Where do expropriated residents go? – UMUSEKE – News indeed
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The year  2018 that marks the end of the Second Economic Development and Poverty Reduction Strategy (EDPRS II) (2013-2018). EDPRS II was built on the previous that ended in 2012 with much of success and challenges. One of its priorities is the urbanization and creation of six second cities expected to support the main city Kigali under the view of regional hub.

Expropriation should be accompanied by supportive measures to help settlers live better

Talking about this point, there is a time in a taxi in Kigali; passengers raised a debate from the local song entitled “Kavukire (native)” in which the artist urges a native of Kigali city   to pack his belongings and relocate from the place as enriched people who can fit with the new lifestyle  were arriving. This prompted me to re-think about the future of these people and what they do when they are expropriated.

Some of them prefer to stay pegged around urban areas while others go to remote area where they can find big space to continue their business and life style.

The urbanization and housing are twinned with the respect of master plans in cities and districts.  The evolution brings a lot of work and expenses at the side of the government which must expropriate residents in targeted areas for the benefit of the respect the established and approved master and housing plans.

When you move around the country, you find grouped housings at a space that used to be arable land. In the neighborhood, you find new small business.  When you try to ask about the story behind, you are told new residents were expropriated from Kigali and came to that place. The ultimate question that comes in mind is whether the expropriator or the government itself knows the whereabouts of expropriated persons and what they are doing.

At one side it is very obvious that the extension of power grids countrywide is behind the uncontrolled housing while  at one side it is positive as it promotes the off -farm job creation.

The electrification attracts business that gives place to new trading centers hence the beginning of slums. This kind of housing also overwhelms the arable land as people choose where to build and put their businesses regardless the existence of master and rural housing plans.

There are District One Stop Centers that avail information on land. However, the land use seems to be focusing on town and cities more than it does  for remote areas. This is where some of expropriated people settle uncontrollably and it ultimately costs much the government when there is a need to put in place a public interest project.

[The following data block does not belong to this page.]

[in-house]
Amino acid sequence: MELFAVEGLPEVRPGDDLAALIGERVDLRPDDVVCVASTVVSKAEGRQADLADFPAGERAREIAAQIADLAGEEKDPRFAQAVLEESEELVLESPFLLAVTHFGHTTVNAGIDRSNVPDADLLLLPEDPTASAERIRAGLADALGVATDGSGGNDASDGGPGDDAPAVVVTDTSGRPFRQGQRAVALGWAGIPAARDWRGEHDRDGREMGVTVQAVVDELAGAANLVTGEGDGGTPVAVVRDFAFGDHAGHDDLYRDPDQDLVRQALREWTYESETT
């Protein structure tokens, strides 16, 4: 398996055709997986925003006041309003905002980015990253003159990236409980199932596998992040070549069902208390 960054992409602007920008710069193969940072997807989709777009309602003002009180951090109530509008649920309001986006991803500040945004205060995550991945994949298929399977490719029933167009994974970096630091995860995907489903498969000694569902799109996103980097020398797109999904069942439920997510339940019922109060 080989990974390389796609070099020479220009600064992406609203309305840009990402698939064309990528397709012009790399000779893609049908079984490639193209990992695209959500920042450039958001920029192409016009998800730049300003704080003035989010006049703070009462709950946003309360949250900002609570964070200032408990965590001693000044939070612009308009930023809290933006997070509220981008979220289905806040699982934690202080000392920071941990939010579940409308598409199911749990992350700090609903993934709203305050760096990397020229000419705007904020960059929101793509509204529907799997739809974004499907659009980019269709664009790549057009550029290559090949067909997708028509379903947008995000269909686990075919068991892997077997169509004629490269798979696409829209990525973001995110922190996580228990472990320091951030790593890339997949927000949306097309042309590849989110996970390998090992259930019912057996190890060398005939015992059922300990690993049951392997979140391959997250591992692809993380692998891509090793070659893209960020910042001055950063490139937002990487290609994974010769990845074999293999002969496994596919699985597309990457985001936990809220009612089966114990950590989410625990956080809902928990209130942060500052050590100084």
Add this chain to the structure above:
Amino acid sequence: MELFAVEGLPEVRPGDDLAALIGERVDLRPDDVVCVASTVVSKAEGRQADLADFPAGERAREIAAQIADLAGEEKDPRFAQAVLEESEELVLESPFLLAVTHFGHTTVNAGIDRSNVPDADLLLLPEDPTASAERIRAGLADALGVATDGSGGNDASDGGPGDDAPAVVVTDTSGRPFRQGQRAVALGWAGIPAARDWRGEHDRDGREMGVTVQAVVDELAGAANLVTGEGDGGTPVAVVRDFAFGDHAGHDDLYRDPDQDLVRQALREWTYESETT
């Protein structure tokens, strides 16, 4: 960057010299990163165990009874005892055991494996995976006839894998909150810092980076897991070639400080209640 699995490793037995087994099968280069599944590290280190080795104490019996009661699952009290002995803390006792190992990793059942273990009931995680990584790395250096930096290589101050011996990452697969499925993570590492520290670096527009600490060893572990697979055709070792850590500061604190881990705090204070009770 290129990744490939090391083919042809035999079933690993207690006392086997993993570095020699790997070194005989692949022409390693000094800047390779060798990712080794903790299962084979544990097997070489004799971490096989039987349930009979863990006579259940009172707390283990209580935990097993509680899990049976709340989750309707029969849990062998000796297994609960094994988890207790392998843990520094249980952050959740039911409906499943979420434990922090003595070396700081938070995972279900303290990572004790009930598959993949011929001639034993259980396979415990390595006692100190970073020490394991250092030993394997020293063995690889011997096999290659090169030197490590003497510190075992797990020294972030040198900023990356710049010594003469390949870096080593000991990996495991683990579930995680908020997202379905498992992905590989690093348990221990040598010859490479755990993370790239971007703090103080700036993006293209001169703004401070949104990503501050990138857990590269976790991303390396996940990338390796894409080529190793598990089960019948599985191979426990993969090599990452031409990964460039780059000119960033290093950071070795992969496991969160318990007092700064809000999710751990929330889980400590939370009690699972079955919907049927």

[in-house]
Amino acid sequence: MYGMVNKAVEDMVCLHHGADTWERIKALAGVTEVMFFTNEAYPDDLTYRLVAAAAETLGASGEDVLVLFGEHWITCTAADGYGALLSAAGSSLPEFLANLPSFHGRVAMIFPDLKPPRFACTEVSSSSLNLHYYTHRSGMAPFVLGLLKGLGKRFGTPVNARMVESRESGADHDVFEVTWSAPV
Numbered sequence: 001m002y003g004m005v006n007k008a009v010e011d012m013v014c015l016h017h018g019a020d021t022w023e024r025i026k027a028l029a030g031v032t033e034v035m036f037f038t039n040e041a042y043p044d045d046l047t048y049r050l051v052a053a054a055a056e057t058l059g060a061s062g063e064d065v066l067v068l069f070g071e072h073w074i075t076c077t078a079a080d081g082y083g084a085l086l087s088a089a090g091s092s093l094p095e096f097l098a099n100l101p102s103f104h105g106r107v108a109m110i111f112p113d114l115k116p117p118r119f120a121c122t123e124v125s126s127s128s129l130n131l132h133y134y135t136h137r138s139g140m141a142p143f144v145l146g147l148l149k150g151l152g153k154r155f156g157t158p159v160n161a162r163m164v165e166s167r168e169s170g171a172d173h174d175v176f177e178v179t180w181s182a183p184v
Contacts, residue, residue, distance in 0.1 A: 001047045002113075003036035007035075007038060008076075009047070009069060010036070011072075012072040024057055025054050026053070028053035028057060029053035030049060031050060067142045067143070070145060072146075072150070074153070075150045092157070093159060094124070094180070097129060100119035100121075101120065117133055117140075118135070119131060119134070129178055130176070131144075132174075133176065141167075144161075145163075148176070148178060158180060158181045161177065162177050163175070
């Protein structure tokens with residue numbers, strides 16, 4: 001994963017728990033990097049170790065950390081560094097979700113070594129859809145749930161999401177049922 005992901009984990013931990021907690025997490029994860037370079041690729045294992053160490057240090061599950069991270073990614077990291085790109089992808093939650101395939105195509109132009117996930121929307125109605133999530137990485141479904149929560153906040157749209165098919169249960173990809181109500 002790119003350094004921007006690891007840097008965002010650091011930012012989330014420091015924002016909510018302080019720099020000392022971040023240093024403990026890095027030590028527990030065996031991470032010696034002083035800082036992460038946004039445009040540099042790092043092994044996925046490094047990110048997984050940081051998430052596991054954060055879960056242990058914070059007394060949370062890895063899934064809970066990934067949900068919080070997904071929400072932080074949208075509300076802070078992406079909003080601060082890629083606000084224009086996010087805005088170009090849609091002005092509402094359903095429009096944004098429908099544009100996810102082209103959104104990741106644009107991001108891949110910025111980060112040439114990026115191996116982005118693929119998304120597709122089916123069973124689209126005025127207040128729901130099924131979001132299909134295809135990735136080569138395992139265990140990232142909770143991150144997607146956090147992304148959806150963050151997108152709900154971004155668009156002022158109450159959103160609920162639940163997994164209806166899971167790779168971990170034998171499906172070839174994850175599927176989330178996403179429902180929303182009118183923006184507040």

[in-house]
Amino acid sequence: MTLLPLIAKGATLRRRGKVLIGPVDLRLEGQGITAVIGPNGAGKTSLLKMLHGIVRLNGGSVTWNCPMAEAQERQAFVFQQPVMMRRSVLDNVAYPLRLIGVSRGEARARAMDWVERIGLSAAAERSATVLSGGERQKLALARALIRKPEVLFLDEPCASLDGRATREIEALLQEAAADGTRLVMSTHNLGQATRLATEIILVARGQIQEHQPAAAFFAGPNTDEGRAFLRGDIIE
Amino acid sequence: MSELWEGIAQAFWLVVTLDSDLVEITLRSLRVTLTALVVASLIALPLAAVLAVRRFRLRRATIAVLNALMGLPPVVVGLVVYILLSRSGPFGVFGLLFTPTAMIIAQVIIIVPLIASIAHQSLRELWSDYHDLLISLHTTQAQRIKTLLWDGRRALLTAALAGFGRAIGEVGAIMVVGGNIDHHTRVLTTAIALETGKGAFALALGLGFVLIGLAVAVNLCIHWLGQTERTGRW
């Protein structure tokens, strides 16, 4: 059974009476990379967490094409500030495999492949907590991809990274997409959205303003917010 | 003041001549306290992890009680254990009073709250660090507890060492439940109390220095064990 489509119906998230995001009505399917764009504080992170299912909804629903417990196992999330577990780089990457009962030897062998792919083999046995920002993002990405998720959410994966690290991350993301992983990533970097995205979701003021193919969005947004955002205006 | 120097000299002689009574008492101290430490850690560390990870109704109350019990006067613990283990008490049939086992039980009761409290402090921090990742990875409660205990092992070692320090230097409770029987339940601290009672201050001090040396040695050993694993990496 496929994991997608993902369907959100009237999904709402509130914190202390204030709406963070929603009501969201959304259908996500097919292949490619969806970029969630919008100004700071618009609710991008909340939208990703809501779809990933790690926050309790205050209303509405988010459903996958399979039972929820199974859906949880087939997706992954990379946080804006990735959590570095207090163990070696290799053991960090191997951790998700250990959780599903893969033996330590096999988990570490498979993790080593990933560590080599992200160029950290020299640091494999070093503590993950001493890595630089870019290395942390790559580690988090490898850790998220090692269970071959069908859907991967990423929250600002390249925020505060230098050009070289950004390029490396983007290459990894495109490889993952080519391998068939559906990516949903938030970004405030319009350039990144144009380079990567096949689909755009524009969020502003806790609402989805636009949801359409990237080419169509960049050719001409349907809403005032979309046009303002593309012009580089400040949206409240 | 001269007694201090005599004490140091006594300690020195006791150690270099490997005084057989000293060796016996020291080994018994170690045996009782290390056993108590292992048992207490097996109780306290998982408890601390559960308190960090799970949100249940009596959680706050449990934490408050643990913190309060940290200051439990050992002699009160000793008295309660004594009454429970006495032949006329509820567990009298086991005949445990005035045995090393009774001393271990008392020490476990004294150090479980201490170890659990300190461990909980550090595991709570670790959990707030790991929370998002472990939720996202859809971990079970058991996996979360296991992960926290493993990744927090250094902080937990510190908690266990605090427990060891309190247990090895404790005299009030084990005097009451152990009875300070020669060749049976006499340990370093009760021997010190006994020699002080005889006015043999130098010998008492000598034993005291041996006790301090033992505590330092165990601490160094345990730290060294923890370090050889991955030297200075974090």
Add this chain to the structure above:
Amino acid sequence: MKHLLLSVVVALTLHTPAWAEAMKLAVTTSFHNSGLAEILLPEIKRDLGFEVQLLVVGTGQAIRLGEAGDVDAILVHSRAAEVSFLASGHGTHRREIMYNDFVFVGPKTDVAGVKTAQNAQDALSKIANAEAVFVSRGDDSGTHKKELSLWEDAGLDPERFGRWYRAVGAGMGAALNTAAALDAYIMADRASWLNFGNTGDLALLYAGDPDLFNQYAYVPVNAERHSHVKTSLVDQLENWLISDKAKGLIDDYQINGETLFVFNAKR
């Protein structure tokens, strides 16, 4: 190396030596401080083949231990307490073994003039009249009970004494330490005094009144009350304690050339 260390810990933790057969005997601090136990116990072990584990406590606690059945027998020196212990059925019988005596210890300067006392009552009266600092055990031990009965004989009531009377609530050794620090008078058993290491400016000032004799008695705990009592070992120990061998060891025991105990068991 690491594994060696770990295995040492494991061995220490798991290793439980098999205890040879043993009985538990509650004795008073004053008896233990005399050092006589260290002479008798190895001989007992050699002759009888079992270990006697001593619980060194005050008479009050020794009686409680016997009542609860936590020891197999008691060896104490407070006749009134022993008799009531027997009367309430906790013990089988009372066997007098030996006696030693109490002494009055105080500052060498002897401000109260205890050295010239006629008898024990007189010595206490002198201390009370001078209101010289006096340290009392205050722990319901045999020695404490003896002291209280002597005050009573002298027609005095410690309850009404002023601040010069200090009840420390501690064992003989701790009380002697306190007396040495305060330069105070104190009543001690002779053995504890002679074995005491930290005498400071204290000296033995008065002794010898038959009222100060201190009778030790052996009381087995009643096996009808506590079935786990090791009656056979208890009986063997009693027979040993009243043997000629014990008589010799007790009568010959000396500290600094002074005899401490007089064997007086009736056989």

In some villages or per urban areas, you will not be surprised to find a then arable land turned  into  residential areas  when the new settler requests for land certificate for his / her plot of  land. This most of the times comes after the place unexpectedly becomes a settlement place.

The non follow-up of resettlement of expropriated persons may breach the environment protection policy, and also affect the socioeconomic progress of the country.

The use of master and housing plan is not exclusive. The downward implementation of it should be a must. This should reach the sector level as some of expropriated persons prefer go to deep villages in search of enough space where they can settle themselves at ease.

There is importance of the respect of the master plan and current view of Kigali City evolution can prove. The progress underway is not a myth but a reality most especially for someone who was there in years of 2000 and  during the removal of slums of “Kiyovu cy’abakene”.

Law n° 32/2015 of 11/06/2015 on expropriation in the public interest stipulates procedures related to expropriation and leave behind the destination of the expropriated persons. From this point of view, the slums would be unavoidable if no mechanism of the follow up is put in place.

The government should set up a mechanism to monitor the displacement and settlement of residents to avoid unplanned expansion of housing to avoid unnecessary expropriation in the future. This mechanism would be combined with available instruments and tools and ensures every Rwandan enjoys the best of his/her country without undermining the socioeconomic agenda of the country.

It should be commendable if a Sector Working Group is established to ensure the expropriation, settlement and socio economic activities are in a no harm state. The joint mechanism should involve MININFRA/ Rwanda Housing Authority, Ministry of local Government, Ministry of Land and Forestry / LMUA and the Ministry of Infrastructure and Ministry of Agriculture and Animal Resources. District and District Joint Action for Development forum (DJAFs) should not be left behind.

The failure to implement this would affect the achievement of the EDPRS II objective of 3.2 million off-farm jobs with 35% of population set to be living in urban areas by 2020.  This requires the pragmatic implementation of land use, and housing policies by different levels involved. Shaping development we want must be inclusive to reach the success and expropriation must be a priority not to shift slums in remote or suburb areas of our cities.

It is very encouraging that the existence of urban and rural settlement plans contributes to the best housing policy implementation.  Districts One Stop Centers in coordination with institutions in charge such as Rwanda Housing Authority, Ministry of local Government, Ministry of Land and Ministry of Infrastructure and Ministry of Agriculture and Animal resources should work in synergetic way to improve resettlement of expropriated persons at all levels.

Opinion writer: Fidele NIYIGABA  

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